Indeed, this failure of Ingeborg's entirely spoilt the visit. The Baroness, who had arrived friendly, withdrew into frost with the manner of one who felt she had been thawed on the last occasion on false pretences. Impossible to meet one's pastor's wife—and such an odd-looking and free-mannered one, too—with any familiarity except on the Christian footing of impending birth or death. A pastor's wife belonged to the class one is only really pleasant with in suffering or guilt. Offended, yet forced to continue the call, the Baroness confined such conversation as she made to questions that had a flavour of hostility: where was it possible to get such shoes, and did the Frau Pastor think toes so narrow good for the circulation and the housework?

Ingeborg could not believe this was the motherly lady who had fussed round her bed that day at Glambeck. She felt set away at a great distance from her, on the other side of a gulf. For the first time it was borne in upon her that her marriage made a difference to her socially, that here in Germany the gulf was a wide one. She was a pastor's wife; and when asked about her family, which happened early and searchingly in the call, could only give an impression of more pastors.

"Ah, that is the same as what we call superintendent," said the Baroness, nodding several times slowly on learning that Ingeborg's father was a bishop; and after a series of questions as to the Frau Pastor's sister's marriage nodded her head slowly several times again, and informed Ingeborg that what her sister had married was a schoolmaster. "Like Herr Schultz," said the Baroness—Herr Schultz being the village schoolmaster.

There was a photograph of Judith on the table that caught and kept the Baroness's eye and also, in an even greater but more careful degree, the Baron's. It was Judith dressed in evening beauty, bare-necked, perfect.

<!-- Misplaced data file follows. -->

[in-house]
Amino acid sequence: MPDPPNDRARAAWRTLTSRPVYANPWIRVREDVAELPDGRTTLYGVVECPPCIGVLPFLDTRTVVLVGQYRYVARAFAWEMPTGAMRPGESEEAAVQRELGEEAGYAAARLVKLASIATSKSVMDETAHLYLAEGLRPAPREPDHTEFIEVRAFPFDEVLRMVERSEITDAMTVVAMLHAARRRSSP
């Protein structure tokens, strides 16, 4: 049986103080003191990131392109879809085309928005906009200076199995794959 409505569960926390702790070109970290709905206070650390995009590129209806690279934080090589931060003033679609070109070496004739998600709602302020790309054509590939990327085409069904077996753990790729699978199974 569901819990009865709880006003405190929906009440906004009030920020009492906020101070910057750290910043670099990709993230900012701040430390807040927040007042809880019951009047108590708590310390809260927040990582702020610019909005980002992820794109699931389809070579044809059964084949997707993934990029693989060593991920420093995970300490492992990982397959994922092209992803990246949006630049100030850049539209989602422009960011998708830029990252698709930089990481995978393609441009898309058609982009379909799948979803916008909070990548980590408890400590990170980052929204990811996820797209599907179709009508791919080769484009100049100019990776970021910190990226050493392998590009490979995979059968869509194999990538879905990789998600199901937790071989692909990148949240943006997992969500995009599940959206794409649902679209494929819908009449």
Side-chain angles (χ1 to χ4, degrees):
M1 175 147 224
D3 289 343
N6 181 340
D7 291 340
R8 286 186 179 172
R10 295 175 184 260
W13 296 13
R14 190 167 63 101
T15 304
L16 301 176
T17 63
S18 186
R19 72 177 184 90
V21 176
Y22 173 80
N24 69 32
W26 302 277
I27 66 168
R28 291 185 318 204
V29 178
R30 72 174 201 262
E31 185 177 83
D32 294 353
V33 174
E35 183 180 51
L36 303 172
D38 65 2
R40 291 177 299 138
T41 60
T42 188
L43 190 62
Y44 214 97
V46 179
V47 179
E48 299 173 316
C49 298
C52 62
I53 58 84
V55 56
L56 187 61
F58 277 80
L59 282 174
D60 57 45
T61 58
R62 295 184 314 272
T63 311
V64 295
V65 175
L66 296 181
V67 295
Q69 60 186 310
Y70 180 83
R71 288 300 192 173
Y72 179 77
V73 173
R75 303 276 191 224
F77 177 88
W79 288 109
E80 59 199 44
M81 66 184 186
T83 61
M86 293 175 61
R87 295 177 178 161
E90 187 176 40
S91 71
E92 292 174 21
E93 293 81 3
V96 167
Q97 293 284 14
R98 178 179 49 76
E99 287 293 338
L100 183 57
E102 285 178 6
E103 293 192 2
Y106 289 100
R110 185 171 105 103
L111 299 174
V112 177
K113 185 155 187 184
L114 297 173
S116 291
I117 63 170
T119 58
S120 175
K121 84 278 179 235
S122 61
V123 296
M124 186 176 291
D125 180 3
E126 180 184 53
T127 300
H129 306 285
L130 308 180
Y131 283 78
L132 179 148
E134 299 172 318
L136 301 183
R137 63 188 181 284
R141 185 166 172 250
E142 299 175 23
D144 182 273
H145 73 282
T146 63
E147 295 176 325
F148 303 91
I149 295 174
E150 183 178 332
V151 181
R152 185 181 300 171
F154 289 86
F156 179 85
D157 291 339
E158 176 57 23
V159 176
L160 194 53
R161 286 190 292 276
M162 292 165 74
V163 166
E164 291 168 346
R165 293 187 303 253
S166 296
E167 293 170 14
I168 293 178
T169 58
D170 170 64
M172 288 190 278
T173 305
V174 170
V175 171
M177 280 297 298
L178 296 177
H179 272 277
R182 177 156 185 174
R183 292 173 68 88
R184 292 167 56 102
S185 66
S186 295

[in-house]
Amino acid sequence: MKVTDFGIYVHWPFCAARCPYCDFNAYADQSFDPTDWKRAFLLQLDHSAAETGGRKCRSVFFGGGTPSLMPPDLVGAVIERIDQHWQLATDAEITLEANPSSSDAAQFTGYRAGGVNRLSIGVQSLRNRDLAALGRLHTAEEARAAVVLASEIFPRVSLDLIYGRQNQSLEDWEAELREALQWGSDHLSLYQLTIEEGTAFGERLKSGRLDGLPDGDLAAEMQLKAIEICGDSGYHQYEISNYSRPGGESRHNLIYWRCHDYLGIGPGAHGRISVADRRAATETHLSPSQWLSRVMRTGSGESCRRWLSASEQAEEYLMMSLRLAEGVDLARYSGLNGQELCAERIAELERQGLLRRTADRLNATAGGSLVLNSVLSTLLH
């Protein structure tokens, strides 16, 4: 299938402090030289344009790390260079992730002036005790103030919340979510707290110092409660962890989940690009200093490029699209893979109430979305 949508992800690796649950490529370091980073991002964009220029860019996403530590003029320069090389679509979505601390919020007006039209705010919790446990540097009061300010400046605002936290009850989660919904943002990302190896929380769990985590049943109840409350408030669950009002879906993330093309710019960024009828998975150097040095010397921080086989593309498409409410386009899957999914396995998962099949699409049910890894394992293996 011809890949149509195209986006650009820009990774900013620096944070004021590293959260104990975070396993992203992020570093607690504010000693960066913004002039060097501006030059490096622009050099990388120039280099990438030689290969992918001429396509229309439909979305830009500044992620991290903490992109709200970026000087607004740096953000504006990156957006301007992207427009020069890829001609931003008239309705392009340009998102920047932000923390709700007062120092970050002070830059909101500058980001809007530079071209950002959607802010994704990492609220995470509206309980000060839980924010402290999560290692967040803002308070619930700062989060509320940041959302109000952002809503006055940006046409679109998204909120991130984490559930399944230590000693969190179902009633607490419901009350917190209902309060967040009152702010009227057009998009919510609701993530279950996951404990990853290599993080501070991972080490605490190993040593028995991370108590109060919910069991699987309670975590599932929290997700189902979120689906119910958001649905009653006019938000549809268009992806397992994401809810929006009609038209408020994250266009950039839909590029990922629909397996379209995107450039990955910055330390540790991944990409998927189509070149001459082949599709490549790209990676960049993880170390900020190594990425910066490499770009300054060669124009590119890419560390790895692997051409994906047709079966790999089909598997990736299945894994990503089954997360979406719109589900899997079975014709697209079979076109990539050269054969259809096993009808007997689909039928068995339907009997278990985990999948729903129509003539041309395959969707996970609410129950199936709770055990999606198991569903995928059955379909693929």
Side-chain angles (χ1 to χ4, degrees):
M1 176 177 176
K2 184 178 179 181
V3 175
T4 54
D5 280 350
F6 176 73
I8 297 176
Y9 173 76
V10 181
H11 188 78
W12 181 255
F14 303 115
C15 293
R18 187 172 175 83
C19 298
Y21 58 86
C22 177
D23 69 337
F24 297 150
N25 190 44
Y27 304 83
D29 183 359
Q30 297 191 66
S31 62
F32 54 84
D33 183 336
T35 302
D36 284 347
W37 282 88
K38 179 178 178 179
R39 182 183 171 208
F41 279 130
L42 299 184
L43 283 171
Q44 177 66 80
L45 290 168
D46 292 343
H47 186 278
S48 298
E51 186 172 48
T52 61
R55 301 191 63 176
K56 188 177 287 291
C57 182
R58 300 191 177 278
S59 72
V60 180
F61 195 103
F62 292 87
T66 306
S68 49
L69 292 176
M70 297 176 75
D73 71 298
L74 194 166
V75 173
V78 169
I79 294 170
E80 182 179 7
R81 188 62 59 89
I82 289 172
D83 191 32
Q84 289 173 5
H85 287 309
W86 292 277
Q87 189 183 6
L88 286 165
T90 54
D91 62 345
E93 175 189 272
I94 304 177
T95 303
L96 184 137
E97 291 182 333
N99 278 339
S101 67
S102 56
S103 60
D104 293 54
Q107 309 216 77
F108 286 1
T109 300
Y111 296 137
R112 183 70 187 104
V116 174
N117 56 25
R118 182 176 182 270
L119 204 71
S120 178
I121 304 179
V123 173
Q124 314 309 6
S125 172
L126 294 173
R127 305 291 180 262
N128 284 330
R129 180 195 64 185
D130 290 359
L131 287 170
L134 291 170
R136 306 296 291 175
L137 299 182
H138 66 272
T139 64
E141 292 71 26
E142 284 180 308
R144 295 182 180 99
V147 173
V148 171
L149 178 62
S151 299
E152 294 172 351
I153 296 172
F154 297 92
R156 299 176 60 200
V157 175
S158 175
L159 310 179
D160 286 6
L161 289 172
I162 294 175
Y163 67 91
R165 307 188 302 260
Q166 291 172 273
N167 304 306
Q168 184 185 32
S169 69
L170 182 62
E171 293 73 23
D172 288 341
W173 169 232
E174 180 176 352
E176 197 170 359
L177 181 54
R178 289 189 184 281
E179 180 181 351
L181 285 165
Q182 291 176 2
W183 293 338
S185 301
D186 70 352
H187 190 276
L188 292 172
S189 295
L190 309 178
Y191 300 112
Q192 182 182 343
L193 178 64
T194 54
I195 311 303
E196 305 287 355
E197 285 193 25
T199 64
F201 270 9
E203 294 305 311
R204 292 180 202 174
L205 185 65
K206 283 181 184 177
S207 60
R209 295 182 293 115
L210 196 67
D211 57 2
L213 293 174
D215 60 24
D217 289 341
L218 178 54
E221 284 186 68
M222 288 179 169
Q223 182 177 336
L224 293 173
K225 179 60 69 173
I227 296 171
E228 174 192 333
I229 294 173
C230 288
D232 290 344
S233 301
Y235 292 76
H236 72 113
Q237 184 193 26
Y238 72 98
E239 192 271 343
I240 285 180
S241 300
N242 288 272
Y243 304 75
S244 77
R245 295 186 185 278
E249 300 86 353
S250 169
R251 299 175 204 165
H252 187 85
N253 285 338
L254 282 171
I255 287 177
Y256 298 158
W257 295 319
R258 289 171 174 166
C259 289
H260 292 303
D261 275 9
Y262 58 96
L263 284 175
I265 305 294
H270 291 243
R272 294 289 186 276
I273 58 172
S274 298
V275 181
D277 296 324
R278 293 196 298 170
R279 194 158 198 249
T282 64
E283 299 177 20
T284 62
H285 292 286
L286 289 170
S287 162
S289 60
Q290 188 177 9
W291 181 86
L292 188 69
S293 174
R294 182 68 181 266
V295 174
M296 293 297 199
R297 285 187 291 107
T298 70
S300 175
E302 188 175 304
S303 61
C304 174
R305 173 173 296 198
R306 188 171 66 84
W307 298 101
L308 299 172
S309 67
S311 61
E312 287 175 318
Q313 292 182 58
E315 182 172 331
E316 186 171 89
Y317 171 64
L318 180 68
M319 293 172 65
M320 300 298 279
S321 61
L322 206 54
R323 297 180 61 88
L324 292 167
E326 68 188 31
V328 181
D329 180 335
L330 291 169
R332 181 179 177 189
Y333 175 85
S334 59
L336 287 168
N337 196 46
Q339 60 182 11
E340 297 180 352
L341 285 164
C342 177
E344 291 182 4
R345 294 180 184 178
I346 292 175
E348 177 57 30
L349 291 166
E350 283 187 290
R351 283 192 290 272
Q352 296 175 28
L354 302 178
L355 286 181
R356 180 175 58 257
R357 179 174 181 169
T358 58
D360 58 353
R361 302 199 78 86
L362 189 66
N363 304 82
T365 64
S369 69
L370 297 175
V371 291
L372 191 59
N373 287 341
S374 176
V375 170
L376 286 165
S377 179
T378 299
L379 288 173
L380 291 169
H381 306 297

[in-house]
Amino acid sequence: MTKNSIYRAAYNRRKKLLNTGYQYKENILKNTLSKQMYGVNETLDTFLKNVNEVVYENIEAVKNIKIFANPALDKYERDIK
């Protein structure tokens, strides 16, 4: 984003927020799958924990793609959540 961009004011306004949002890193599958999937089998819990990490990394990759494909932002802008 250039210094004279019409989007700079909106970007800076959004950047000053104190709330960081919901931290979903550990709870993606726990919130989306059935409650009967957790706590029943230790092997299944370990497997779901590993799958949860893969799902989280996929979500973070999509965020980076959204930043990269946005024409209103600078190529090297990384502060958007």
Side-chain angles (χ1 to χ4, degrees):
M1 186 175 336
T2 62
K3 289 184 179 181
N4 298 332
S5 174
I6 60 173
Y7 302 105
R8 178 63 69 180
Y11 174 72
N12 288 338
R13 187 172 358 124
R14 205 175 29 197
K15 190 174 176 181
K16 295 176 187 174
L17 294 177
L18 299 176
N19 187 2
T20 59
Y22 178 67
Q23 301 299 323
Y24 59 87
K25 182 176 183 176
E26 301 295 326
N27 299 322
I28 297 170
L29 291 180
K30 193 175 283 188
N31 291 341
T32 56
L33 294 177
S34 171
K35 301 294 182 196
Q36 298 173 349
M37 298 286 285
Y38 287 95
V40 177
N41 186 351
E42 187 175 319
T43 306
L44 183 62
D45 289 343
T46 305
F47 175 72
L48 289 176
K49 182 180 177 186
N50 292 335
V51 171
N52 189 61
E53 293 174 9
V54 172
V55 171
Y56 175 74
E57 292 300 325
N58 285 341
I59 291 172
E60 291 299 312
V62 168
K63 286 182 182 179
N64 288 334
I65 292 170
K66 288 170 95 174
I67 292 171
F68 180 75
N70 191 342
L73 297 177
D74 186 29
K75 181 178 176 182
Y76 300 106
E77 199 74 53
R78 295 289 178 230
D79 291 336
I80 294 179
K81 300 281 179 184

Ingeborg took it up with a natural pride in having such a lovely thing for her very own sister and handed it to the Baroness.

"Here she is," said Ingeborg, full of natural pride.

The Baroness stared in real consternation.

"What?" she said. "This is a schoolmaster's wife? This is our pastor's sister-in-law? I had thought—"

She broke off, and with a firm gesture put the photograph on the table again and said she could not stay to supper.

Since then there had been no intercourse with Glambeck, and the Baroness did not know of the satisfactory turn things had taken at the parsonage till on Christmas Eve, from her gallery in church to which she and the Baron had decided to return on the greater festivals as a mark of their awareness that Herr Dremmel desired to make amends, she beheld during the drawn-out verses of the chorale Ingeborg drop sideways on the seat in her pew below and remain motionless and bunched up, her hymn-book pushed crooked on the desk in front of her, and her attitude one of complete indifference to appearances.

The Baroness did not nudge the Baron, because in her position one does not nudge, but her instinct was all for nudging.